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Parallel phone connections and two modems attached to them


kumarkumar
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If while you are fiddling with them someone calls, you would learn about the 100 V + ring voltage, only the hard way ;).

jaclaz

LOL, I remember that from when I was 12 years old and wanted a phone in my room.

In my last apartment after moving and waiting to buy a house I ran my Cat 5 lines all around the apartment using the following items.

1 DSL modem whichever type you may have.

8 Port Switch http://tinyurl.com/64xs27c

1 Container of Coaxial Clips http://tinyurl.com/6349duq

Nail Hole Filler http://tinyurl.com/3mqsety

Run 1 cable from DSL modem to your switch and run as many cables as you may need from switch to your computers. Runnining the cable up close to the wall/ceiling or baseboard area is easy using the coaxial clips listed above and when you move you pull them out and fill the holes with Nail Hole filler or wall putty or similiar. One note though when running cable DO NOT run it in a TIGHT 90 degree shape. Two 45 degree is good and a good gradual radiused curve is even better, when going through a door run the cable underneath and bring up the other side. If your in a corner use a fake plant to hide it or a small piece of furniture. A friend has ran his cable throughout his condo with the above method and has actually painted it the same color as his walls and ceiling. If you are looking for it you can see it but otherwise it is mostly hidden. Your other option is to go wireless, which for people in apartments is great. The wall outlet items that jaclaz spoke of are IMHO JUNK. I tested some for a client as that was what he was wanting and by showing him the performance of them he returned them to the store. If you look at the reviews of them they have a bad bad history of everything from not operating properly to performance annd interference issues.

jd

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[One note though when running cable DO NOT run it in a TIGHT 90 degree shape. Two 45 degree is good and a good gradual radiused curve is even better, when going through a door run the cable underneath and bring up the other side. If your in a corner use a fake plant to hide it or a small piece of furniture.

Yep :), but the point is WHY cables should be as straight as possible. ;)

:whistling:

http://www.911cd.net/forums//index.php?showtopic=21827&st=23

:lol:

jaclaz

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[One note though when running cable DO NOT run it in a TIGHT 90 degree shape. Two 45 degree is good and a good gradual radiused curve is even better, when going through a door run the cable underneath and bring up the other side. If your in a corner use a fake plant to hide it or a small piece of furniture.

Yep :), but the point is WHY cables should be as straight as possible. ;)

:whistling:

http://www.911cd.net...pic=21827&st=23

:lol:

jaclaz

LOL That is a good one. I'll have to remember it. Like getting the caramel carbuerator cleaner for the chrome muffler bearings and fuel injected lug nuts.:lol: The old times everything was analog so it just flowed like goo!

jd

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Sure.

But you need to disconnect the wires.

You are in a situation like:

----*-----

----*-----

Where the left side lines or dot are (for the sake of the example) the phone line coming in and the right side ones are the line going to a "next" phone socket (the * being the actual "first" phone socket)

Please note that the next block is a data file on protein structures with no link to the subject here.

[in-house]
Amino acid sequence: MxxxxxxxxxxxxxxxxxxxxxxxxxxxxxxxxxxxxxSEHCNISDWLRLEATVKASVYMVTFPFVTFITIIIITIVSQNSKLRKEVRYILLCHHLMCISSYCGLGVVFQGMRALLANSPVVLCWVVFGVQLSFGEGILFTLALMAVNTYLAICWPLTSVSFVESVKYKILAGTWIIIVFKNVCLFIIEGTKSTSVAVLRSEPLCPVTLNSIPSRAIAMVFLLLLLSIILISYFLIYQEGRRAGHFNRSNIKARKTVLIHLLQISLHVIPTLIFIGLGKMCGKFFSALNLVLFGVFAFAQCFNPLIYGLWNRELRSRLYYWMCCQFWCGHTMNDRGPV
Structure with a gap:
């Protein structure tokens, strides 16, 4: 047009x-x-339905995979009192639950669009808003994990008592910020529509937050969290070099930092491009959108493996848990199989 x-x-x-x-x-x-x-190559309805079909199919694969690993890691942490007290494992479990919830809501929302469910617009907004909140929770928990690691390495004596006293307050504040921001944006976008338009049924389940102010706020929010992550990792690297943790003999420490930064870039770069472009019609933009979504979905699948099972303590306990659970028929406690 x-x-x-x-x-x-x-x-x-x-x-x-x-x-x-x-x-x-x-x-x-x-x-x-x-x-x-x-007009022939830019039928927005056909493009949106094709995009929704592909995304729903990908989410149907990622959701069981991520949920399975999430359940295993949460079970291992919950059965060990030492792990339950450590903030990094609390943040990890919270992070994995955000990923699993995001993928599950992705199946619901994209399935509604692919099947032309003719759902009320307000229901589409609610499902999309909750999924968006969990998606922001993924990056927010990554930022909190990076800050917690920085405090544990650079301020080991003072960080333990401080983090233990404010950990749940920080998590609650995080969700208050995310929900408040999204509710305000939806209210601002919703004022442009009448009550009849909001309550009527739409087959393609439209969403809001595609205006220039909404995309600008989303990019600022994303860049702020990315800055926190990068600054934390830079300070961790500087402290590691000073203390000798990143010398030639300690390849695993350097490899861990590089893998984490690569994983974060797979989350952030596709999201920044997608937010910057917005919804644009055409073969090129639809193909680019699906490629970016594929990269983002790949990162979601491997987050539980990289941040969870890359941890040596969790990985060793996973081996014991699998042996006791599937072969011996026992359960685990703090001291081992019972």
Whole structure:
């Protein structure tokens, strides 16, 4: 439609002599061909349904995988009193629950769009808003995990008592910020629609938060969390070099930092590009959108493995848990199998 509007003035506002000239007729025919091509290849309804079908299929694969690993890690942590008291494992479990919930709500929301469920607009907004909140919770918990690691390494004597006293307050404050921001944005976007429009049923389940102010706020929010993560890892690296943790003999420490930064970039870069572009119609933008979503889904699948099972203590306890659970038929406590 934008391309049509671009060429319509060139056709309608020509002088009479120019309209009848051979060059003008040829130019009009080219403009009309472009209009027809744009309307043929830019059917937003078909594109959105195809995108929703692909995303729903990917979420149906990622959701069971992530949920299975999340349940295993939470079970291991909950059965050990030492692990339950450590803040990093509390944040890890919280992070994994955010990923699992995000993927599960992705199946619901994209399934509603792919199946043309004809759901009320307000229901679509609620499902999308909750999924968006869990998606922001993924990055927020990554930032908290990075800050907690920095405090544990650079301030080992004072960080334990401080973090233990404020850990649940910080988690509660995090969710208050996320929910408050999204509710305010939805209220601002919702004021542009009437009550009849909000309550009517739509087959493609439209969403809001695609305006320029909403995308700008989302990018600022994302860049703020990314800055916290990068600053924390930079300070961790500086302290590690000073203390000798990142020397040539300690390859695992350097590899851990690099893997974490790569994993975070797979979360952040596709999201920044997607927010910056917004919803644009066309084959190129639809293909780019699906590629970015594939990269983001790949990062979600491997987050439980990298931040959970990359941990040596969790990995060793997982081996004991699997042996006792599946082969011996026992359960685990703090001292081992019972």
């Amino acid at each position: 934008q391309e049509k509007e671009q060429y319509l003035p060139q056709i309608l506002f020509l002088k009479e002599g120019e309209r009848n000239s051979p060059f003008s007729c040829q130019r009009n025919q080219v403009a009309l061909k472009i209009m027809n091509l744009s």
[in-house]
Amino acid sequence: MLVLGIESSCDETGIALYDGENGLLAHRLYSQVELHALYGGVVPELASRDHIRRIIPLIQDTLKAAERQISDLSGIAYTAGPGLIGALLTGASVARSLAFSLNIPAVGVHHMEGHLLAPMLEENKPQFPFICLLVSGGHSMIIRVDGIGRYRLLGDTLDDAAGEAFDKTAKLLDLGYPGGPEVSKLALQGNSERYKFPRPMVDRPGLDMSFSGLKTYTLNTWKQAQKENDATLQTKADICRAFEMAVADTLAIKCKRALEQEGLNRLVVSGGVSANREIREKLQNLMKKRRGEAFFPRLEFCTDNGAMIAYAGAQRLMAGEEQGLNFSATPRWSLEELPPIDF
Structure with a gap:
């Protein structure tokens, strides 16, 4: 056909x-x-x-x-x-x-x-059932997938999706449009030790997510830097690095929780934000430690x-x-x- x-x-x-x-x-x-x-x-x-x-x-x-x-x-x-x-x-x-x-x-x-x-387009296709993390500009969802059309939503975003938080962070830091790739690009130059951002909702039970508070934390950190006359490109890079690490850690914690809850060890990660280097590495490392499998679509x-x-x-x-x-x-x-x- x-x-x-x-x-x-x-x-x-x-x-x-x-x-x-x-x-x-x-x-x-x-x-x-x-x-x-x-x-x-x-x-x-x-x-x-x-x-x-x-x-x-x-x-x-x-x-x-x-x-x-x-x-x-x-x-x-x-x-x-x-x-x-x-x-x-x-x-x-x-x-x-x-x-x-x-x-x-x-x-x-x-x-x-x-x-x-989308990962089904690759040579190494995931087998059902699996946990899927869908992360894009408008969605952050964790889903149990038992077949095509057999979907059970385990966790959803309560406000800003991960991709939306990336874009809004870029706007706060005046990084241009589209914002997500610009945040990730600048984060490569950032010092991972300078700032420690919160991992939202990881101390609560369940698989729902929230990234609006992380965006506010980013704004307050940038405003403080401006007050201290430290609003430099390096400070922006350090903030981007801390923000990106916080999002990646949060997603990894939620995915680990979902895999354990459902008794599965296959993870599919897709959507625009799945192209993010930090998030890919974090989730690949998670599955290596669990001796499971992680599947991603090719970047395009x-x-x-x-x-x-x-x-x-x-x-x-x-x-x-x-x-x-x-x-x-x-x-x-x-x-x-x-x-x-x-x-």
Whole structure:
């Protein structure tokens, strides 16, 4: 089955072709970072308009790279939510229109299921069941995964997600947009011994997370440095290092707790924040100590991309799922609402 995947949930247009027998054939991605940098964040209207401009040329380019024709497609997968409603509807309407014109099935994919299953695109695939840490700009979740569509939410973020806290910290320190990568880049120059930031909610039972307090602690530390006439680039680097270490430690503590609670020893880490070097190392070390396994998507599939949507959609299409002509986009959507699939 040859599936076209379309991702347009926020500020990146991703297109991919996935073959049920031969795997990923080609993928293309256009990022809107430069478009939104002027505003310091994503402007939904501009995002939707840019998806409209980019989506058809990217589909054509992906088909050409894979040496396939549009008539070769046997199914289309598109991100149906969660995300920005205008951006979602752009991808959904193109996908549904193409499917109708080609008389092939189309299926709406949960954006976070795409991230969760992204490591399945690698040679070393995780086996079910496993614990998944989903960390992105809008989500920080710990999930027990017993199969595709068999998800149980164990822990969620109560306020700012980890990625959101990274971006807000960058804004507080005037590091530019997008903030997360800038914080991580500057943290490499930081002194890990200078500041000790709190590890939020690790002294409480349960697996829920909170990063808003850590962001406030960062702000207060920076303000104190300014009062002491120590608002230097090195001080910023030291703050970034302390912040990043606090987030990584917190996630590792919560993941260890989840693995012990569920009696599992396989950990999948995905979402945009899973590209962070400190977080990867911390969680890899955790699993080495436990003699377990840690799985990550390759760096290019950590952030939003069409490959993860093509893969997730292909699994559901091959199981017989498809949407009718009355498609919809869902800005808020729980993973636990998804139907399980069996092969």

You have to disconnect the wires on one side of the socket, like:

----* ----

----* -----

and measure with a multimeter the Voltage on botth the wires still connected to the socket and on the the ones that were disconnected.

Use ~ (Alternate Current) and a relatively HIGH Voltage setting on the multimeter, it depend on countries and standard (and actual REN number and what not) but a common telephone line may well be at around 48 V and when ringing well above 100 V. :ph34r:

jaclaz

I tried measuring voltage. Strangely it showed zero or negligible AC voltage on my multimeter, even though DSL works.

I have naked DSL, meaning I don't have telephone connection in the line. There is never any dial tone.

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Then i would do things like this:

- get a long (at least able to go from one room to another) free wire (it could be a power cable or any electrical cable) and you only need one wire.

- This wire will be used to increase the size of the multimeter probe.

- connect a wire coming from the wall to the free wire using an electrical cable joiner (for example, as you could use anything but be sure the wires in the wall aren't in contact).

- now go in every other room with the free wire connected and check with the multimeter ( set to Ohms) if you get zero between the free wire and a wire coming from the wall. Once you found one, you can stop as all wires should be electrically isolated.

- repeat this process for every wire you weren't able to track down (if you found that one wire in wall from room 1 go to room 2 then there should be at least another one going there and you don't to try the already found wire in room 2).

The main phone wires should be only ones you won't find.

As this process is very long, you might want retry the solution given by Jaclaz as there are a lot less possibilities.

Edited by allen2
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A "pure" DSL line should be at a much lower voltage, something around 5 V , but without a DSL modem connected, this may drop to something like or 3 Volts. (it greatlòy depends on the actual standard used and on the actual hardware is on the "other side" of the DSL line.

The "non connected side" will anyway be at 0 V. ;)

jaclaz

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